Interview: Chris Senn (2013-09-12) by Sega Addicts

From Sega Retro

This is an unaltered copy of an interview of Chris Senn, for use as a primary source on Sega Retro. Please do not edit the contents below.
Language: English
Original source: (archived)
Since it was discovered, Sonic X-treme has always been a legendary Sega project. From its unusual visual style to the largely unknown nature of the story, the game has been seen through a veil of mystery. It is a game synonymous with the industrial zeitgeist of mid-nineties Sega, and a look into what could have been for the Sonic franchise. But is this unreleased game more influential to modern platformers than we may think? Or what was working on it exactly like? Hit the jump as we interview Christian Senn and find out!

The early to mid nineties were certainly a unique time in the videogame business. The Super Nintendo had proven itself the more widely adopted console of the generation. Even though Sega certainly had a strong market share, their ambition ultimately led to their downfall. The many attempts to build upon the Genesis with the Sega-CD and 32X proved to be unsuccessful financially as well as creatively. The 2 add-ons absolutely had their admirers, but Sega never realized what they had on their hands. Development slowed considerably on both systems while Sega focused much of their resources to the Sega Saturn in 1994. The Saturn was proving to be a big success in Japan, selling about 170,000 on the first day alone. Sega wanted the United States to realize what a big deal this was. While Sega was not the first company to offer a 32-bit console, they were before Nintendo, and that was most important.

The Saturn launched in the US on May 11th and in Europe on July 8th, 1995 to a somewhat enthusiastic reception. While many customers and analysts were thrilled at Sega’s entry into the next generation market, the games offered at launch were divisive. The biggest selling point of the Saturn was its ability to deliver a true arcade experience. Virtua Fighter, Virtua Cop, Daytona USA were all flagship products for the system and really carried the system during the first year. The other games available on the Saturn were largely localisations of undeniably Japanese titles. Games like Clockwork Knight were incredibly fun and successful enough to be mildly franchised, but the Saturn ultimately lacked a face, a mascot if you will.

The writing was on the wall that Sega needed a new Sonic game for their console. While development was winding down for the 32X and Sega-CD projects, Sega indeed had an ace up its sleeve. The Sega Technical Institute was an internal development team established as a Western offshoot of Sonic Team in the early nineties. The original purpose for the STI team was to handle the development of first party sequels and spinoffs. Sonic the Hedgehog 2 was one of the first projects, along with Sonic 3 and Sonic Spinball. When these proved successful, the team was eventually given jobs for original titles. Among these original works were some exceptional sleeper hits like Comix Zone and The Ooze. Sega Technical Institute was quickly becoming Sega of America’s magic bullet of software development, over time rebuilding trust in the dwindling brand with original work. It is absolutely ironic that the team would ultimately crumble trying to bring a proven franchise to the Saturn.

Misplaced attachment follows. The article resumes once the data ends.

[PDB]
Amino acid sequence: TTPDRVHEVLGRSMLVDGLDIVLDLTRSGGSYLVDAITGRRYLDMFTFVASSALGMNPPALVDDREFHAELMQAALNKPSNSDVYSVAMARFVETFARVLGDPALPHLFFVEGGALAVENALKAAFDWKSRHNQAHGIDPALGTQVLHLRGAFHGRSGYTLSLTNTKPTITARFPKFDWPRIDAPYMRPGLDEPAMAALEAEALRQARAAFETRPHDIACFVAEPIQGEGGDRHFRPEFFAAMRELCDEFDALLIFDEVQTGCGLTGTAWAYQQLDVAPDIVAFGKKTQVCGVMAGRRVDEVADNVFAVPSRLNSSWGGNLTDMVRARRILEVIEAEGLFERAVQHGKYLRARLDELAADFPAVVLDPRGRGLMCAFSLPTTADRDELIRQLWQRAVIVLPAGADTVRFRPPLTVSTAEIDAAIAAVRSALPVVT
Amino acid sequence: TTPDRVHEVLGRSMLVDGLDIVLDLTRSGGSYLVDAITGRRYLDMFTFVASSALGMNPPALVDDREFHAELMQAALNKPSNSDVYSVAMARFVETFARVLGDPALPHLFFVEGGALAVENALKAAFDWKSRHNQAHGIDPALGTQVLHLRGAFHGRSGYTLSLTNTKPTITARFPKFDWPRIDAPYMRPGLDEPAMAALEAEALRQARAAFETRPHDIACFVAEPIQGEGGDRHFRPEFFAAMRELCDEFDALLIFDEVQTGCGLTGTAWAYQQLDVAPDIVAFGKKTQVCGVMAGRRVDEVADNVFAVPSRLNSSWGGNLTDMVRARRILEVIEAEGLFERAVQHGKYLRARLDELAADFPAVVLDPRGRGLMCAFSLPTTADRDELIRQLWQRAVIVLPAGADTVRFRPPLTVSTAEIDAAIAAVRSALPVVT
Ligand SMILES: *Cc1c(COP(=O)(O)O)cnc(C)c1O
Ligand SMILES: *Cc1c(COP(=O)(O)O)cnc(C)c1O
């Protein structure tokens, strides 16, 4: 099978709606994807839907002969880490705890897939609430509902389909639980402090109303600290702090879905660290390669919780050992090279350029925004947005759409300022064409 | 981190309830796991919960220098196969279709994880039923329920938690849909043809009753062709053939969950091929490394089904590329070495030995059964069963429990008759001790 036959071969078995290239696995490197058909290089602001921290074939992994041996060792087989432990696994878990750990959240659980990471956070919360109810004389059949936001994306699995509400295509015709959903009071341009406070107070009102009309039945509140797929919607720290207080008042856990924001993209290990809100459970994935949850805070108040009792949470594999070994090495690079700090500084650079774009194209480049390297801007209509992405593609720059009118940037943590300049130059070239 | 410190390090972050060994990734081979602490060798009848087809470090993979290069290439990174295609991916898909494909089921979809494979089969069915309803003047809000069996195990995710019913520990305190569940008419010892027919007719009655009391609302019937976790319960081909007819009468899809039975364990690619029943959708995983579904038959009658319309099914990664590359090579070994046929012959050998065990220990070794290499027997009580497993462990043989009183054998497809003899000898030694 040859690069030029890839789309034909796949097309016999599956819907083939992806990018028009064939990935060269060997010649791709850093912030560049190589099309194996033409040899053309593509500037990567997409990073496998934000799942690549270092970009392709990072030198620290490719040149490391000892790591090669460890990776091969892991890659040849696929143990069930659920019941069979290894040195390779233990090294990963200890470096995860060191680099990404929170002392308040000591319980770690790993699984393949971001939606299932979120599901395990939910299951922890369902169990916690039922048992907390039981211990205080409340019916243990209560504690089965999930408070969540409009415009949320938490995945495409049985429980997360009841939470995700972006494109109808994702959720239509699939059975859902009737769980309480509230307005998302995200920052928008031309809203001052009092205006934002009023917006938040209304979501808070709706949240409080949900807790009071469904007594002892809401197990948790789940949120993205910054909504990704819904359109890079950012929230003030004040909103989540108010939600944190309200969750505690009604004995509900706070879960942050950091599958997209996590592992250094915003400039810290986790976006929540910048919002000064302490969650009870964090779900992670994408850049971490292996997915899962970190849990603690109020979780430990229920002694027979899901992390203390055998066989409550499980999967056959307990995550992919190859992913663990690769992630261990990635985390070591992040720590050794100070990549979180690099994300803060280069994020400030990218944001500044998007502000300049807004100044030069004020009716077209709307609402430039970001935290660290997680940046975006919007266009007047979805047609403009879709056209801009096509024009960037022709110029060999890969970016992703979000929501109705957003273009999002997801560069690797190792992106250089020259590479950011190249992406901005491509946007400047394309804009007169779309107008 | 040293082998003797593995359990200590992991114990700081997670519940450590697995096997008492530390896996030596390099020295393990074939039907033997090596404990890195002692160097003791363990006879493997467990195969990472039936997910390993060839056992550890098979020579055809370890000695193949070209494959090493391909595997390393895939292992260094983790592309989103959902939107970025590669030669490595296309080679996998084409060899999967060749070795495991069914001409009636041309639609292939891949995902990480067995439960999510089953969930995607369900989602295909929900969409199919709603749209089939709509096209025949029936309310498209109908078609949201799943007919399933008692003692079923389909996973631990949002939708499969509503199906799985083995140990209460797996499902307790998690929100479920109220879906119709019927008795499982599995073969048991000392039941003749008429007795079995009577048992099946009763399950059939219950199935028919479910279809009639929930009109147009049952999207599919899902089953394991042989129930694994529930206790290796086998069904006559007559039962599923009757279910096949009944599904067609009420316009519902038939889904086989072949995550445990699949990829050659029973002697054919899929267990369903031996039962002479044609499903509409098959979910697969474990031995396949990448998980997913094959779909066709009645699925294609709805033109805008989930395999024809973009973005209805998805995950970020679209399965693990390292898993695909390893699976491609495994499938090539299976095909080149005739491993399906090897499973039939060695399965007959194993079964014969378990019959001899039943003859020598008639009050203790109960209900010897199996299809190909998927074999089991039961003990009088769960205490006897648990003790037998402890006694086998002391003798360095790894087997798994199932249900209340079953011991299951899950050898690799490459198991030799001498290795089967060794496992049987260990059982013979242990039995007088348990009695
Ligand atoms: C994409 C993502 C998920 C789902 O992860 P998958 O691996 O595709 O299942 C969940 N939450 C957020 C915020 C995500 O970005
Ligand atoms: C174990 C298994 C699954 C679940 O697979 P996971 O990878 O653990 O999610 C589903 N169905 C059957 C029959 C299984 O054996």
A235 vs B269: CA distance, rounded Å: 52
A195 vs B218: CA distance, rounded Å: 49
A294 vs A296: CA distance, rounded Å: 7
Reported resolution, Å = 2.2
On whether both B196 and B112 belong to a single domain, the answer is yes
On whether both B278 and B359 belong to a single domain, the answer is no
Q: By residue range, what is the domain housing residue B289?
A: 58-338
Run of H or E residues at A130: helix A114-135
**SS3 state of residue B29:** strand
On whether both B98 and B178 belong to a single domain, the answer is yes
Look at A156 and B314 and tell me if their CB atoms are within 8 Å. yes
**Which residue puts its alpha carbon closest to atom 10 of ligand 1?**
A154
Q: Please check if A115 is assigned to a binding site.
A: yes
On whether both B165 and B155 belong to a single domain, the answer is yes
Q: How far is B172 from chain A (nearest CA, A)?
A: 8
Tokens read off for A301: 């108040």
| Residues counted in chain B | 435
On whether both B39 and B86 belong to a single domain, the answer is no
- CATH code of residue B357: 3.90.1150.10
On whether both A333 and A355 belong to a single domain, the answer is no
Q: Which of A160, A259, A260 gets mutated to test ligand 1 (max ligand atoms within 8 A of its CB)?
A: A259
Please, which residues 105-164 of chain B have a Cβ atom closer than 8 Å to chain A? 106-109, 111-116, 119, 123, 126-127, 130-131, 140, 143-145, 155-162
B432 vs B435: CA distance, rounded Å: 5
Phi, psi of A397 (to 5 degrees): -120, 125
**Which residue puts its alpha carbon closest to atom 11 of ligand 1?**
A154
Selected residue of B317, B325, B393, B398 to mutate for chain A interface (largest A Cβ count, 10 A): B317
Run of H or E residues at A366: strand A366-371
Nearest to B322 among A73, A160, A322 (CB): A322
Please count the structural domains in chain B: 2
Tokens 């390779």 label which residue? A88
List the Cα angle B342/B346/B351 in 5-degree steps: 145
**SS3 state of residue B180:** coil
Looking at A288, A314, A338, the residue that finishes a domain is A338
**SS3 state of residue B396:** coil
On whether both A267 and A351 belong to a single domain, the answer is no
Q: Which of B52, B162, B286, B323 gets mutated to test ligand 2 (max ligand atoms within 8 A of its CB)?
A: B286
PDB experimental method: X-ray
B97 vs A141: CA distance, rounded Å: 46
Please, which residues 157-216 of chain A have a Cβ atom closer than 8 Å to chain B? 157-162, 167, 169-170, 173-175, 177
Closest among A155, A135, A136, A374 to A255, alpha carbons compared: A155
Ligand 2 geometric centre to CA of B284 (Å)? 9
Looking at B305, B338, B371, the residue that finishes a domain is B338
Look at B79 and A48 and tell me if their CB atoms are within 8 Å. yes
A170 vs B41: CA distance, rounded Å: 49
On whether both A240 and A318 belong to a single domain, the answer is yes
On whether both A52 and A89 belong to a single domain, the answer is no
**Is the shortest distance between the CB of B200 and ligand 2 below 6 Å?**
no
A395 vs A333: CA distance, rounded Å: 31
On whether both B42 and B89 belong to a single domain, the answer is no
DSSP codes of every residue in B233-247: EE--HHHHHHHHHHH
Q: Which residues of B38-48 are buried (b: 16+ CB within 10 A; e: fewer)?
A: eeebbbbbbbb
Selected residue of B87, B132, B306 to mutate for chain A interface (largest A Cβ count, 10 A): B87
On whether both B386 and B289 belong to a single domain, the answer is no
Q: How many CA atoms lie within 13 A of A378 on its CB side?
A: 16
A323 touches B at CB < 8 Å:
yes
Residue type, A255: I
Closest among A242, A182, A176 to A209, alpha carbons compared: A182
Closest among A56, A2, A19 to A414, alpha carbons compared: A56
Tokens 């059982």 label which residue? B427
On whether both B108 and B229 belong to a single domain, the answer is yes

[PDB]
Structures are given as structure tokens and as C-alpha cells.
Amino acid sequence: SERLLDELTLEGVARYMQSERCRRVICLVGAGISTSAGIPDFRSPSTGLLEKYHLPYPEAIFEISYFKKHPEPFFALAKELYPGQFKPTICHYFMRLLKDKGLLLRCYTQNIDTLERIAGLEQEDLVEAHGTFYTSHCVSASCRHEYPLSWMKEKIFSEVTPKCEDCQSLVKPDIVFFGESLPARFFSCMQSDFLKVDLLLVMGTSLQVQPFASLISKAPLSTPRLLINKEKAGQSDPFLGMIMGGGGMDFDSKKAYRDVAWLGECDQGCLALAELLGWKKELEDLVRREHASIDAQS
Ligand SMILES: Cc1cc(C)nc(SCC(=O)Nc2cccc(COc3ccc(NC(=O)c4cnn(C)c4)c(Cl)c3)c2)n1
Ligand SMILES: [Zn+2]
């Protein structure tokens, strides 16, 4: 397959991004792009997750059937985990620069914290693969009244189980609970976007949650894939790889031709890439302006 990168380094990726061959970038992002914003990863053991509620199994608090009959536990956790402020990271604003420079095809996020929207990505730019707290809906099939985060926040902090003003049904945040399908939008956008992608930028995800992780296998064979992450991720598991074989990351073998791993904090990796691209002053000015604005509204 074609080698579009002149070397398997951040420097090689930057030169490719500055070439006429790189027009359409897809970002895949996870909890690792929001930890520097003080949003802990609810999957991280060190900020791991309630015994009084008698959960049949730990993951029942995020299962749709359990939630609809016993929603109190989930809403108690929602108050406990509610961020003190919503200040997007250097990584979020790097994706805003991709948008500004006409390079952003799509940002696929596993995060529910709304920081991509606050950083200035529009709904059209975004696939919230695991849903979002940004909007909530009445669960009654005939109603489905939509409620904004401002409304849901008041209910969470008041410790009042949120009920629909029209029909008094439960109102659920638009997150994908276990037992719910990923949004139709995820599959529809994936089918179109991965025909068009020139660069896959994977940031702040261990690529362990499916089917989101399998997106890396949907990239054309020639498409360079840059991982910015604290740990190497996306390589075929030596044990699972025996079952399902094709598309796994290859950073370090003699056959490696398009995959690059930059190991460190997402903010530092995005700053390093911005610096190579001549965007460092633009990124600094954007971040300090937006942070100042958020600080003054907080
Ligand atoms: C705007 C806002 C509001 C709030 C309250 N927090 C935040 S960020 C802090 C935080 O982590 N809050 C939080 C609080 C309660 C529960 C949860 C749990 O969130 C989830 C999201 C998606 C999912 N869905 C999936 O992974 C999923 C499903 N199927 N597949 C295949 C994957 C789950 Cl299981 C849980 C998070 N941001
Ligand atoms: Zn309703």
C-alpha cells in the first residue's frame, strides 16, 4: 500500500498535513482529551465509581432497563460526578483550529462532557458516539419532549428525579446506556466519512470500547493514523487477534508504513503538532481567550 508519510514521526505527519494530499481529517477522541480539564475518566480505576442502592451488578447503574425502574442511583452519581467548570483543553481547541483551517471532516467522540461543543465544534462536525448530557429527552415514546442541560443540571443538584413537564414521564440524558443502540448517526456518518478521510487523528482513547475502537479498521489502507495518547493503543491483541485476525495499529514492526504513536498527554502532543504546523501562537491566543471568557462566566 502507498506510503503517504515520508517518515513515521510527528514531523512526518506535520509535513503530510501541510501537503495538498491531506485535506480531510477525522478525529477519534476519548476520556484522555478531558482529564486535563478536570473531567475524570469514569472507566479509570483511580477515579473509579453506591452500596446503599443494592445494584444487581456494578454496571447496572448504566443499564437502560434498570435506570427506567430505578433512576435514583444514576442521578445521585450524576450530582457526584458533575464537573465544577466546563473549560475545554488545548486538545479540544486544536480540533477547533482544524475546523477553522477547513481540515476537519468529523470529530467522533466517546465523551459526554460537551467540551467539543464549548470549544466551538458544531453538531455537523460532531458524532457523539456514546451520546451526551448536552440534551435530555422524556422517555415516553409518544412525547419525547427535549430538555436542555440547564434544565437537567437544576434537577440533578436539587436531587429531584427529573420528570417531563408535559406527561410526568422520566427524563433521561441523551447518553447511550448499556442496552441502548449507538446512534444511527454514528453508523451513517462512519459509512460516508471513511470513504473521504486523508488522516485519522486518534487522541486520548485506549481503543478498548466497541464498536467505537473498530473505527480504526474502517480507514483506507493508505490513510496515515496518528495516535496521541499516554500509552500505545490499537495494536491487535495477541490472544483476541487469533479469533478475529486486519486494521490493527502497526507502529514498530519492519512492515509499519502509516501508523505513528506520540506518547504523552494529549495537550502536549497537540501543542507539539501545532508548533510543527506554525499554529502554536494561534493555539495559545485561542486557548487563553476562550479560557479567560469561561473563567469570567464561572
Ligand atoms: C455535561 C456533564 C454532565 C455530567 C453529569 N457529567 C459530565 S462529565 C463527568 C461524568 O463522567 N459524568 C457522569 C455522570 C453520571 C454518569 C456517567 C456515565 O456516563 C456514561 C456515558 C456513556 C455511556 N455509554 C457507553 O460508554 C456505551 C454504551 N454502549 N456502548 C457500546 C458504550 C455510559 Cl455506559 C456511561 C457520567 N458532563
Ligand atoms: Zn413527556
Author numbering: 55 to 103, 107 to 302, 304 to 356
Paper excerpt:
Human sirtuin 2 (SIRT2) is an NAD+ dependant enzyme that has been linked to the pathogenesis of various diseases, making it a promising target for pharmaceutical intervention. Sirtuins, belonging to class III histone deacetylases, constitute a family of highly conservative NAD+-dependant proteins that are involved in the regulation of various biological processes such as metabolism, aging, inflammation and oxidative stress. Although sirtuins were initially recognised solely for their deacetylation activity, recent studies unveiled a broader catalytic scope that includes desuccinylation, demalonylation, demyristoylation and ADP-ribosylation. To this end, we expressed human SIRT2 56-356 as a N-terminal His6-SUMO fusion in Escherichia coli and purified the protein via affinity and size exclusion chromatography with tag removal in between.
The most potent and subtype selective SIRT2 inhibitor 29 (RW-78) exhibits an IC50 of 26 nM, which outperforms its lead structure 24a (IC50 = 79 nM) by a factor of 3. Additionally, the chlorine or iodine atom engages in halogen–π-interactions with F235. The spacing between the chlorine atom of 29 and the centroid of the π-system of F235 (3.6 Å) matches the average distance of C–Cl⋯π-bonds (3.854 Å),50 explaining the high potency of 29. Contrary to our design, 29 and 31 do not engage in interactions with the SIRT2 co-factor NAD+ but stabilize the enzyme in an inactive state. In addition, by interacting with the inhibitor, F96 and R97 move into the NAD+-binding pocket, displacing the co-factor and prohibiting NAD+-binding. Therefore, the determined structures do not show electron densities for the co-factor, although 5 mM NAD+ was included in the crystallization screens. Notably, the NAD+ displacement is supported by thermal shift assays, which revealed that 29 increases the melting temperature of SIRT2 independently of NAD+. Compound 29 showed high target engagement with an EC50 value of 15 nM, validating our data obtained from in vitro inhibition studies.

Sonic X-treme began its life as a potential 32X title known then as Sonic Mars. The game was to focus on a z-space plane with the camera positioned behind the back of Sonic. It could probably be described as a bonus level of the base Sonic games protracted and fully realized. It was the first time Sonic was not developed as a side-scroller (or pinball game). Work on Sonic Mars was quickly transitioned into what became known as Sonic Saturn and SonicBOOM before eventually settling on Sonic X-treme. The project’s biggest challenge was the fundamental design. How was anybody supposed to bring Sonic, a beloved 2D side-scroller, into the third dimension all while retaining the spirit of the franchise? It wasn’t going to be easy for anyone involved.

Before breaking off onto his own as a designer and consultant, Christian Senn was a prominent employee at Sega Technical Institute. Sega Addicts was able to get an interview with the talented and legendary figure about this mysterious project:

Sega Addicts: What are you working on lately?

Christian Senn: I am currently hard at work on an unannounced title for Big Red Button Entertainment.

SA: Would you say your time at Sega Technical Institute was beneficial to your career, either by way of gaining experience or getting your foot in a large door?

CS: All of my experiences, seemingly good or bad, from childhood on through my jobs and relationships have shaped my personality, work ethic, interests, and relationships that have ultimately shaped my career. Sega Technical Institute was a huge opportunity enabling me to work at a well-known company on a major brand. My experience there transformed me personally and professionally. Among many other things, I learned the value of balance between work and life, teamwork, organization, delegation, experience, humility, perspective, and people. These lessons never end though, so every new year brings new challenges, triumphs, setbacks, and lessons to learn from and appreciate.

SA: What is a game you worked on there, released or not, that you are still very proud of?

CS: I worked very hard on Comix Zone, Sonic X-treme, and Geist Force while at Sega. Comix Zone was about 2D art and animation for levels, characters, and special effects. Sonic X-treme was about art direction, character design, game design, level design, and team coordination. Geist Force was about art production management (managing the art staff to facilitate the best work on time). Each project enabled me to work with great people on very interesting and rewarding material. I was also challenged in different ways that helped develop and improve skills in order to adapt and, as much as possible, overcome.

Having come from a small company prior to a big company like STI, I learned the value of working at both. Big and small, success and failure. These extremes helped teach me perspective and… to know when to hold ‘em, know when to fold ‘em, know when to walk away and know when to run. It is this perspective that ultimately allows my experience and talent to provide better results and more enjoyment.